It’s easy to appreciate a final product, it’s refined, it’s perfected, and ready to go – maybe like the coffee you picked up this morning. But what went into making it? Someone roasted the beans, and someone designed artwork on the cup, and the barista made it with passion.
But what goes into a polished video you watch online?
Here’s how two of the Epigroup team, Drone Operator Robert Selman and Studio Manager Sebastien Gerard, mobilised at short notice to capture footage of a constructional vessel off Exmouth laying subsea pipes for an oil and gas company.
The call came in on a Tuesday at 4pm. With only a small window of clear weather forecast to capture the final stages of subsea pipe installation before the project wrapped up. The Epigroup team needed to be ready to travel 2,652 km on Thursday morning by Uber, plane, and helicopter to capture the incredible footage.
A Year Before: Certifications
Our team often films offshore in far-flung locations around the country, so they need to be ready. To travel offshore safely, everyone needs to be Basic Offshore Safety Induction and Emergency Training (BOSIET) certified.
To fly commercial drones in Australia, pilots need a Civil Aviation Safety Authority (CASA) licence. Sebastien joined the team straight from university, so one of his first projects was to complete the BOSIET certificate and the week-long CASA training.
One Day Before: Medicals and Equipment Packing
With only one full day to get everything ready, there was plenty to do. Both Epigroup staff needed a medical clearance declaring them fit to fly, then it was back to the office to get all the multimedia equipment ready. Everything had to be weighed, recorded, and the batteries packed securely and separately. The project required two DJI drones, an Inspire 2 and a Mavick pro as back-up.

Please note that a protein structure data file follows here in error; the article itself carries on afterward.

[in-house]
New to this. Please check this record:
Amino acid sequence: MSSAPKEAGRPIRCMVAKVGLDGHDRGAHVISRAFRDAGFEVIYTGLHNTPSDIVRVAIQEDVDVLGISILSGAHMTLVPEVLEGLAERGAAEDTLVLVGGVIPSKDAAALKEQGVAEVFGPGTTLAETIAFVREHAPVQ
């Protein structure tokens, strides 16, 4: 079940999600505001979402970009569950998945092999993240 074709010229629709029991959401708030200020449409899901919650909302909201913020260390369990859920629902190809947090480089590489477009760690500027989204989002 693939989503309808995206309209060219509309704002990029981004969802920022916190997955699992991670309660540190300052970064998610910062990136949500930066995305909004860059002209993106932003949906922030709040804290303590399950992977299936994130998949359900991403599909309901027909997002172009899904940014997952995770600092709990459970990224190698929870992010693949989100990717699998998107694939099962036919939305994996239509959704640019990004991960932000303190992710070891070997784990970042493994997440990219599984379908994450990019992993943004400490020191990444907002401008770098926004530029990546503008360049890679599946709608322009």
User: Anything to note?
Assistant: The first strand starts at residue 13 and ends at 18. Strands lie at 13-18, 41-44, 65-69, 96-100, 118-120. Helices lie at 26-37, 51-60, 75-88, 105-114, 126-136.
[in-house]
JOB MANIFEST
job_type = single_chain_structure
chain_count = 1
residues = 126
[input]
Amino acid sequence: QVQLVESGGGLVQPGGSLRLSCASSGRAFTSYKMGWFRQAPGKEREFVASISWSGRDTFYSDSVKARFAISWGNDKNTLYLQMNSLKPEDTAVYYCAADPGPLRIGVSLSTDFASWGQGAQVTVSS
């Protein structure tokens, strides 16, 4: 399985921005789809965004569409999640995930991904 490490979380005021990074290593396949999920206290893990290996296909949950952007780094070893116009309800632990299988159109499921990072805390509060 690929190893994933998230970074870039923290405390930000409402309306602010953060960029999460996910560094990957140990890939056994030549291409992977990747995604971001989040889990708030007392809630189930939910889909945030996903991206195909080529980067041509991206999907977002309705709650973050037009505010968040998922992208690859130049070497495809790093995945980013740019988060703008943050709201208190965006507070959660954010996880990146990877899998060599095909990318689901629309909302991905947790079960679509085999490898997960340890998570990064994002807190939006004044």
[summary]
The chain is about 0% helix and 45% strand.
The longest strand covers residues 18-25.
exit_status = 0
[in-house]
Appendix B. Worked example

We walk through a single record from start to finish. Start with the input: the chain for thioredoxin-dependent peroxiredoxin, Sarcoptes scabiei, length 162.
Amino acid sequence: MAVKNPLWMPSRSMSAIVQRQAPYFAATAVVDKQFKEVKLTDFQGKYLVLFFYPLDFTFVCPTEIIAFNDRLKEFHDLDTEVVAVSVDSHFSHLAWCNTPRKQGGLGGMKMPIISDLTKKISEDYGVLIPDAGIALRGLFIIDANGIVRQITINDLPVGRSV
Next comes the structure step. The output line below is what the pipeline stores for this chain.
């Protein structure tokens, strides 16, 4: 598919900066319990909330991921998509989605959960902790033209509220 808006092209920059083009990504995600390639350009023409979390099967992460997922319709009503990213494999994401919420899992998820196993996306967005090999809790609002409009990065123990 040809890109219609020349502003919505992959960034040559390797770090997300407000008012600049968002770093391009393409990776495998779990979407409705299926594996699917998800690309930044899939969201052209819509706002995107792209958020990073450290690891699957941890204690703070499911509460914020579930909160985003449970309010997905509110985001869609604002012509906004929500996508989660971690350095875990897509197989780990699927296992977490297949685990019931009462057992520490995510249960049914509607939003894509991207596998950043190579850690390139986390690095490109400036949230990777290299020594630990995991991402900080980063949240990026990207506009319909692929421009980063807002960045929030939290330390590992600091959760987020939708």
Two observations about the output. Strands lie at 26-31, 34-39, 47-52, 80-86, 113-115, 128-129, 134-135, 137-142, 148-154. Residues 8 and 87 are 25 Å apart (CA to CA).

The video script and shot list were finalised to ensure they captured everything. A MacBook and multiple hard drives were packed to download the SD cards and back-up the valuable footage. After two years of laying subsea, these were the final days of the project. The team couldn’t afford to lose a single minute of footage. There would be no opportunity to reshoot.
Day One: Travel to Vessel
The team arrived at the airport to take a flight from Perth to Exmouth. After meeting up with the helicopter, the gear was loaded making sure it was balanced perfectly. The chopper ride was just under 30 minutes, flying over the clear blue sea and reef of Exmouth landing on the helipad of the massive vessel.
Day Two and Three: Filming
Once onboard the vessel, it was time to meet the ship’s team. Before filming could begin, airspace for the drones to fly was secured with a permit. A check on simultaneous operations was completed to other potentially dangerous activities didn’t take place on the ship while the drones were flying. An area was roped off to allow the drones to take off and land safely. A spotter kept an eye out for any hazards in the air, and on the ground within the vicinity.
With complex offshore operations such as this, you only get one opportunity to capture the action. It’s imperative that the drone is in position and the shot is framed up and ready to go. Epigroup team had to be inventive and use as many angles as possible to give a variety of options for the edit. By the time filming wrapped, the team had captured over two hours of footage totalling across 48 hours on onboard.
Two Days Following: Editing and Post-production
The footage went into the editing suites for post production which included cataloguing, editing, addition of motion graphics, narration, titles and a final colour grade to complete the four-minute video.
The final video and a collection of still shots were handed over to the delighted client within a week of returning back to Perth.
If you have an important project that needs capturing, send us a message and we’ll get started.